Irwin also makes the devastating critique one that even Saids defenders dont

Irwin also makes the devastating critique one that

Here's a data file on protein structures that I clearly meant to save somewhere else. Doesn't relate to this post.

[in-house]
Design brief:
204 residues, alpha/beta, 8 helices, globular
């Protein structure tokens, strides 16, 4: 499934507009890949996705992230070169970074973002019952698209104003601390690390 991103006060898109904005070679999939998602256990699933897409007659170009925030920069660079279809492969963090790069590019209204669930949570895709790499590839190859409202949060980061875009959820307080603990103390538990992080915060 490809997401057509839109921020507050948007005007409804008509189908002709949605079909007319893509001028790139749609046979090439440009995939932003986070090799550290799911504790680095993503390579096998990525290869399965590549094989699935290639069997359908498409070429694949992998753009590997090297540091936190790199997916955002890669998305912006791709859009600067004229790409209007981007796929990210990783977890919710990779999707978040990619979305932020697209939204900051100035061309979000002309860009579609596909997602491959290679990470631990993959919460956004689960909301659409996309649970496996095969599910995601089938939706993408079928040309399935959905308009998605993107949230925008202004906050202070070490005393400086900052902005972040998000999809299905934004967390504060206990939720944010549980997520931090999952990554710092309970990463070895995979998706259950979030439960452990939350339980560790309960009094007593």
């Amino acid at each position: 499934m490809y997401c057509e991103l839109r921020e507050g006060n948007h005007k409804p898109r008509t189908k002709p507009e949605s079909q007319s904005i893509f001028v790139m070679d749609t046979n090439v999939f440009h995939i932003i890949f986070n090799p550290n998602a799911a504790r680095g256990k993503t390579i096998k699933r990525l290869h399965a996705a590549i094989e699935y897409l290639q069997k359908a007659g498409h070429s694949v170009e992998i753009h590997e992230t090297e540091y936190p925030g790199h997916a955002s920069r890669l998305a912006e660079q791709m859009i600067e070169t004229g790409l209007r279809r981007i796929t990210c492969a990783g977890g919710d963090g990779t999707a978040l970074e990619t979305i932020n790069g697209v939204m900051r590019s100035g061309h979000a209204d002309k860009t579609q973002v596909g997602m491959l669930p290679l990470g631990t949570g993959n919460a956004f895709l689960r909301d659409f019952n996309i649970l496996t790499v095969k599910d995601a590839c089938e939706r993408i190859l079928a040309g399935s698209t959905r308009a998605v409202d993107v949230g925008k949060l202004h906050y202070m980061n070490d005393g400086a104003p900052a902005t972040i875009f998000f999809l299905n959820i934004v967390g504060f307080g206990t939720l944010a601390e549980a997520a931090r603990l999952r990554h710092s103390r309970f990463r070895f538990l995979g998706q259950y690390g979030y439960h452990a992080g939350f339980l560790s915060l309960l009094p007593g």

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Irwin also makes the devastating critique — one that even Said’s defenders don’t really attempt to rebut — that Said ignored examples that don’t fit into his theoretical framework . One of the most glaring examples was his almost complete failure to engage with German Orientalists. Said peremptorily dismissed critics who raised this issue, saying their point was “superficial or trivial” and that there was “no point in even responding to them.” But if Orientalism is inseparably bound with political power, as Said posited, then German Orientalists should be of minimal importance, as Germany had no imperial stake in the Arab world. In fact, as Irwin points out, German Orientalists dominated the field for a long time. Similarly, Said completely ignored the Russian Orientalists, who in fact did serve an imperial empire in Muslim Asia. The reason is obvious: The German and Russian Orientalists didn’t support Said’s thesis. The most eminent of all the German scholars of the Arab world, and indeed a figure whom Irwin calls the “greatest of the Orientalists,” was a Hungarian Jew named Ignaz Goldziher. Shaped by “the overlapping worlds of the German and Jewish Enlightenment,” Goldziher rejected the racist essentialism of Renan, who had “previously generalized grandly on the intrinsic monotheism of the Semitic spirit and the incapacity of the Jews and Arabs to generate any kind of mythology. Goldziher considered all that to be racist nonsense: ‘There is no such thing as a psychology particular to a given race.’” Goldziher revolutionized Islamic studies, breaking major ground with his research on the hadiths (sayings of the Prophet) and exploring Islamic revivalist movements. “He believed in the future of Islam and its ability to revive itself from within. As has been noted, he was hostile to colonialism and the Westernization of the Near East. He had supported the Egyptian nationalist revolt of Arabi Pasha (in 1881-2). In 1920, he wrote a letter to a Christian Arab friend in Mosul: ‘I have lived for your nation and for my own. If you return to your homeland, tell this to your brothers.’ A year later Goldziher was dead.” The great scholar Albert Hourani, author of the magisterial “A History of the Arab Peoples,” said “Goldziher shaped our view of what Islam is more than anyone else.” Irwin writes that “a book on Middle Eastern and Islamic studies that gave no account of Goldziher’s work in the field would not be worth the paper it was printed on.” And what did Said have to say about this towering figure? He mentioned Goldziher twice in passing. The first comes in a list of other scholars; in his only slightly more substantive discussion, which consists of a single sentence, he wrote, “Yet Ignaz Goldziher’s appreciation of Islam’s tolerance toward other religions was undercut by his dislike of Muhammad’s anthropomorphisms and Islam’s too-exterior theology and jurisprudence.” Said concluded that the crucial fact about Goldziher’s work was his belief in Islam’s “latent inferiority.” For Said, it seemed axiomatic that merely to express negative opinions
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